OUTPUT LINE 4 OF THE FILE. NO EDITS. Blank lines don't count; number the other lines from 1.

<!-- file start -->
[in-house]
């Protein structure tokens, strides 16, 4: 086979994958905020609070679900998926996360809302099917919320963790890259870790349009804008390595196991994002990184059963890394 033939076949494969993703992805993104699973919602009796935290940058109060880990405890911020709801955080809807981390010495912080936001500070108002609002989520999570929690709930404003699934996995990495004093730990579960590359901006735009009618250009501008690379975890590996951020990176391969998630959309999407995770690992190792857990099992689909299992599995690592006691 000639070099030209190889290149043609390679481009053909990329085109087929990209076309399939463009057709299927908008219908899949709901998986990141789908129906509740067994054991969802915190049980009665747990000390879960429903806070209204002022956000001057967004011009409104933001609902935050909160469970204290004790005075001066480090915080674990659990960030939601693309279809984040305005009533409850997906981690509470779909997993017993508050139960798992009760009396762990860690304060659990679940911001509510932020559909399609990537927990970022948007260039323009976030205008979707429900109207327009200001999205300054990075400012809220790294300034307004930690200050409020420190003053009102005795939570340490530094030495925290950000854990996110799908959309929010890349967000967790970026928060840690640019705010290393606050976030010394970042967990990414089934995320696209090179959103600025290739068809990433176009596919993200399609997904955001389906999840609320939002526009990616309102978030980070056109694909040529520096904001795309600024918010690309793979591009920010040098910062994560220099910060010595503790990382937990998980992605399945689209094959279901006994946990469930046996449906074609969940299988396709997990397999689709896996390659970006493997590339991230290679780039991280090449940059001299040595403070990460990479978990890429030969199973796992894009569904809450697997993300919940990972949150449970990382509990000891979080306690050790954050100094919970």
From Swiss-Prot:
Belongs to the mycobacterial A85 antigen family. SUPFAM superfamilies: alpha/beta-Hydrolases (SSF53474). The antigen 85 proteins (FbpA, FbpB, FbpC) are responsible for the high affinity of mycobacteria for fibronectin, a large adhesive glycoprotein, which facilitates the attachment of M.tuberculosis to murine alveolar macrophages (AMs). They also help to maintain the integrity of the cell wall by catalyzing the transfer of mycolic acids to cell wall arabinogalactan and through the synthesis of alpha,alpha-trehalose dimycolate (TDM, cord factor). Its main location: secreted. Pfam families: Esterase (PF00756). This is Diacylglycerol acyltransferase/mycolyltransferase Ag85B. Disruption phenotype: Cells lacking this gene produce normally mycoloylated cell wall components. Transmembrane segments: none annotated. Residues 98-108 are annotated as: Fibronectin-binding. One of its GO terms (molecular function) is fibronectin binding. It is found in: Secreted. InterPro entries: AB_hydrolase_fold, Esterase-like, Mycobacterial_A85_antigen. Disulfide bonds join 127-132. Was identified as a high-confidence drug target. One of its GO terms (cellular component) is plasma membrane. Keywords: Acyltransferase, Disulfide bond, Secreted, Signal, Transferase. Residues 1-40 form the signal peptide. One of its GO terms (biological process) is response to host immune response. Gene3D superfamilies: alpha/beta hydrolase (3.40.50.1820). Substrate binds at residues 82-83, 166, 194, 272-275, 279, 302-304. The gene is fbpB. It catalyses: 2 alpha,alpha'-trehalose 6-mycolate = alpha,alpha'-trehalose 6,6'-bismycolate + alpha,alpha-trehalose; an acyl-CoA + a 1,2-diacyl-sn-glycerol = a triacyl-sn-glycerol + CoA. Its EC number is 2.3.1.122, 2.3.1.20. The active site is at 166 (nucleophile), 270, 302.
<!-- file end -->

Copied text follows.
Belongs to the mycobacterial A85 antigen family. SUPFAM superfamilies: alpha/beta-Hydrolases (SSF53474). The antigen 85 proteins (FbpA, FbpB, FbpC) are responsible for the high affinity of mycobacteria for fibronectin, a large adhesive glycoprotein, which facilitates the attachment of M.tuberculosis to murine alveolar macrophages (AMs). They also help to maintain the integrity of the cell wall by catalyzing the transfer of mycolic acids to cell wall arabinogalactan and through the synthesis of alpha,alpha-trehalose dimycolate (TDM, cord factor). Its main location: secreted. Pfam families: Esterase (PF00756). This is Diacylglycerol acyltransferase/mycolyltransferase Ag85B. Disruption phenotype: Cells lacking this gene produce normally mycoloylated cell wall components. Transmembrane segments: none annotated. Residues 98-108 are annotated as: Fibronectin-binding. One of its GO terms (molecular function) is fibronectin binding. It is found in: Secreted. InterPro entries: AB_hydrolase_fold, Esterase-like, Mycobacterial_A85_antigen. Disulfide bonds join 127-132. Was identified as a high-confidence drug target. One of its GO terms (cellular component) is plasma membrane. Keywords: Acyltransferase, Disulfide bond, Secreted, Signal, Transferase. Residues 1-40 form the signal peptide. One of its GO terms (biological process) is response to host immune response. Gene3D superfamilies: alpha/beta hydrolase (3.40.50.1820). Substrate binds at residues 82-83, 166, 194, 272-275, 279, 302-304. The gene is fbpB. It catalyses: 2 alpha,alpha'-trehalose 6-mycolate = alpha,alpha'-trehalose 6,6'-bismycolate + alpha,alpha-trehalose; an acyl-CoA + a 1,2-diacyl-sn-glycerol = a triacyl-sn-glycerol + CoA. Its EC number is 2.3.1.122, 2.3.1.20. The active site is at 166 (nucleophile), 270, 302.